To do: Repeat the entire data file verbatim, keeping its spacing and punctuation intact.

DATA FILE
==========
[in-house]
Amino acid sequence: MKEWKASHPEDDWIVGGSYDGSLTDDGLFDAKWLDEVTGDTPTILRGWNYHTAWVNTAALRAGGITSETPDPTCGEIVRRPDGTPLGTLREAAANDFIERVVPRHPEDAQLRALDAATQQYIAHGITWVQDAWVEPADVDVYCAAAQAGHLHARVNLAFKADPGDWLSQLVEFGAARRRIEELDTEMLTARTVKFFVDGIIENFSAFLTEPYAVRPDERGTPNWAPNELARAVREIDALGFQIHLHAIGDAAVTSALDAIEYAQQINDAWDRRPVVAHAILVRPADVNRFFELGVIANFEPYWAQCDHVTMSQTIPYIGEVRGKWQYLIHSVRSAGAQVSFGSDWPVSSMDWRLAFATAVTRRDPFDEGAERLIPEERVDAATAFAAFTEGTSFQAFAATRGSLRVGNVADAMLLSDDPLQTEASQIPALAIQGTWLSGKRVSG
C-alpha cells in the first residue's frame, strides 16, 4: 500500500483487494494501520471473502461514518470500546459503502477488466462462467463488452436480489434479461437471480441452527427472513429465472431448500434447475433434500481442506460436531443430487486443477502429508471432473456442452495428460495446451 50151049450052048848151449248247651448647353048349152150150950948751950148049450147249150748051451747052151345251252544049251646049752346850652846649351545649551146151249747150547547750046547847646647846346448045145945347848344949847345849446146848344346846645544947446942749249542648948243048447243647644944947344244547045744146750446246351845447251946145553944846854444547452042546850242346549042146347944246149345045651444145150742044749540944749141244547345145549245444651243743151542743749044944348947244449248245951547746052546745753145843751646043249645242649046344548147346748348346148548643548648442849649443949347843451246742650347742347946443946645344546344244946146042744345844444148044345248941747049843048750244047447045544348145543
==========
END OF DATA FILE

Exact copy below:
[in-house]
Amino acid sequence: MKEWKASHPEDDWIVGGSYDGSLTDDGLFDAKWLDEVTGDTPTILRGWNYHTAWVNTAALRAGGITSETPDPTCGEIVRRPDGTPLGTLREAAANDFIERVVPRHPEDAQLRALDAATQQYIAHGITWVQDAWVEPADVDVYCAAAQAGHLHARVNLAFKADPGDWLSQLVEFGAARRRIEELDTEMLTARTVKFFVDGIIENFSAFLTEPYAVRPDERGTPNWAPNELARAVREIDALGFQIHLHAIGDAAVTSALDAIEYAQQINDAWDRRPVVAHAILVRPADVNRFFELGVIANFEPYWAQCDHVTMSQTIPYIGEVRGKWQYLIHSVRSAGAQVSFGSDWPVSSMDWRLAFATAVTRRDPFDEGAERLIPEERVDAATAFAAFTEGTSFQAFAATRGSLRVGNVADAMLLSDDPLQTEASQIPALAIQGTWLSGKRVSG
C-alpha cells in the first residue's frame, strides 16, 4: 500500500483487494494501520471473502461514518470500546459503502477488466462462467463488452436480489434479461437471480441452527427472513429465472431448500434447475433434500481442506460436531443430487486443477502429508471432473456442452495428460495446451 50151049450052048848151449248247651448647353048349152150150950948751950148049450147249150748051451747052151345251252544049251646049752346850652846649351545649551146151249747150547547750046547847646647846346448045145945347848344949847345849446146848344346846645544947446942749249542648948243048447243647644944947344244547045744146750446246351845447251946145553944846854444547452042546850242346549042146347944246149345045651444145150742044749540944749141244547345145549245444651243743151542743749044944348947244449248245951547746052546745753145843751646043249645242649046344548147346748348346148548643548648442849649443949347843451246742650347742347946443946645344546344244946146042744345844444148044345248941747049843048750244047447045544348145543